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I have to prove that in a graph $G$ with $n$ vertices and $n$ edges which has no isolated or pendant vertices, every vertex has degree 2.

Now I know that $$\sum_{v\in V} d(v)=2|E|=2n$$

but I suppose I also have to prove every vertex has same degree and I'm not sure how to do that.

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  • $\begingroup$ What is a "pendant" vertex? $\endgroup$ – JMoravitz Sep 14 '17 at 19:45
  • $\begingroup$ @JMoravitz Presumably of degree 1. $\endgroup$ – Théophile Sep 14 '17 at 19:45
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Hint: From the equation you gave, we can divide both sides by $n$ to get the average degree:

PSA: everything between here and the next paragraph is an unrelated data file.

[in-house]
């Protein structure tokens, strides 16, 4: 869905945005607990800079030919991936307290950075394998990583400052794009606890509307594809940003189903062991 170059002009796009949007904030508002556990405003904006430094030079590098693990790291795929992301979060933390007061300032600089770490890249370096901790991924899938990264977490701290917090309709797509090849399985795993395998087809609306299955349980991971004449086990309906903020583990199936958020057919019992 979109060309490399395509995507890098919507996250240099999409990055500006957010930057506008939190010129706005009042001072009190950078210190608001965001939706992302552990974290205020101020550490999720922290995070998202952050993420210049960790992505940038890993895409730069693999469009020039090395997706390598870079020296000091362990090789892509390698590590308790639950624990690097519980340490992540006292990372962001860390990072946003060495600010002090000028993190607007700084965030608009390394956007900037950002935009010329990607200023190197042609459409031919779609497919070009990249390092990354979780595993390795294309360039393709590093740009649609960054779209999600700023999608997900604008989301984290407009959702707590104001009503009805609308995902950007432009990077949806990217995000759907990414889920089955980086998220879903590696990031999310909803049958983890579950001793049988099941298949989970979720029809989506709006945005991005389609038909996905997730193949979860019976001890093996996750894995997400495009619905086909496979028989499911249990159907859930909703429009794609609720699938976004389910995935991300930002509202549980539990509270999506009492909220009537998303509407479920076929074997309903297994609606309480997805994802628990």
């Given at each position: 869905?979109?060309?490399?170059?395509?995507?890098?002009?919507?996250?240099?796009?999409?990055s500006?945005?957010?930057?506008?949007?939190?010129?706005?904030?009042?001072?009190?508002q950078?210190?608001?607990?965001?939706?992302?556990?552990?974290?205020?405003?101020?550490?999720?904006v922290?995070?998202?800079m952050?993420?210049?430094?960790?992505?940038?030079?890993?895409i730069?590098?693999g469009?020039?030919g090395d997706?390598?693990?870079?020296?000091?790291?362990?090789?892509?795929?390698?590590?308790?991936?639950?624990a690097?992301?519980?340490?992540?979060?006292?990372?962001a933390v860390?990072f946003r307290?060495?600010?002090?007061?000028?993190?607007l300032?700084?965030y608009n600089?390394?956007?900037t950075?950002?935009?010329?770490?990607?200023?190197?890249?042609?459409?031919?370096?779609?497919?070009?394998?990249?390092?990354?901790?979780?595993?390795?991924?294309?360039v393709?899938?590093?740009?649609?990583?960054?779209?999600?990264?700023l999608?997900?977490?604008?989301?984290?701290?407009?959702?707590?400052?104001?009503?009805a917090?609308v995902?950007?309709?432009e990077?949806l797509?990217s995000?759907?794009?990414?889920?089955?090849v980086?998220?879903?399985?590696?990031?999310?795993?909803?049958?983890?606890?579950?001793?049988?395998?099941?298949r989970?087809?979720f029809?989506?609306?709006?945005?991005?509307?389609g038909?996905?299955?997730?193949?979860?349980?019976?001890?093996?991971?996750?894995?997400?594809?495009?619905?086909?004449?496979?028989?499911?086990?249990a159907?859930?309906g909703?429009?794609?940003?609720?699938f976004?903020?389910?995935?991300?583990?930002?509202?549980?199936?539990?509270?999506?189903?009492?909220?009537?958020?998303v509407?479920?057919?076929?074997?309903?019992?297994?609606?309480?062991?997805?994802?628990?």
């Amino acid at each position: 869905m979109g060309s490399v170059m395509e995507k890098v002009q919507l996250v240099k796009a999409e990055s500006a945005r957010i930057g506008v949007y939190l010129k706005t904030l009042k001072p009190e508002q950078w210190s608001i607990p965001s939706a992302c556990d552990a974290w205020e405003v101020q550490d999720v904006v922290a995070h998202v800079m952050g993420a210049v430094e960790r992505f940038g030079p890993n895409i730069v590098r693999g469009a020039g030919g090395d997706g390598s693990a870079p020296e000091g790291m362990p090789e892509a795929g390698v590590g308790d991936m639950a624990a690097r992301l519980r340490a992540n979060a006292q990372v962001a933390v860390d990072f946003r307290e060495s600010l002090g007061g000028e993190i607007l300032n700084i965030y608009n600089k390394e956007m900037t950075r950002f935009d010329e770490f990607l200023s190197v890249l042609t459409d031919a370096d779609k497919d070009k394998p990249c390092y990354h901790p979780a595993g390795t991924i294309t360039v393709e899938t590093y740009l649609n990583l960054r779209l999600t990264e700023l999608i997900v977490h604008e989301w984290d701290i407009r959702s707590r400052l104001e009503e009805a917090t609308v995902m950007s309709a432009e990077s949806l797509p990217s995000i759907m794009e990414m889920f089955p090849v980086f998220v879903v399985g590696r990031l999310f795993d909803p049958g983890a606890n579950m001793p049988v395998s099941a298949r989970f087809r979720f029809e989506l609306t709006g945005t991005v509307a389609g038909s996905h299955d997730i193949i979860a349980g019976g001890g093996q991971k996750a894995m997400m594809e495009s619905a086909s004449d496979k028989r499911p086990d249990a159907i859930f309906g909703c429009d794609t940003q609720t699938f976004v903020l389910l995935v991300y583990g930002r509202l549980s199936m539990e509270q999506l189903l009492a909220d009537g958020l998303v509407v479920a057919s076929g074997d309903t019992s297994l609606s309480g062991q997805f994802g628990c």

$$\frac1n \sum_{v\in V} d(v)=2$$

Now, if any vertex has a degree greater than the average, there must necessarily be another vertex with a degree lower than the average. What does that imply?

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    $\begingroup$ Makes sense, thanks! $\endgroup$ – Stefan Stipanovic Sep 14 '17 at 19:47
  • $\begingroup$ The logic should go the other way (if pendant then there exists a vertex with degree greater than 2), but the core idea is excellent. $\endgroup$ – David G. Stork Sep 14 '17 at 19:49
  • $\begingroup$ @DavidG.Stork Thank you! I think the logic is solid, though: we know from the outset that there are no isolated or pendant vertices, so the only other possibility is if there is a vertex of degree greater than 2, which leads to a contradiction. $\endgroup$ – Théophile Sep 14 '17 at 20:18

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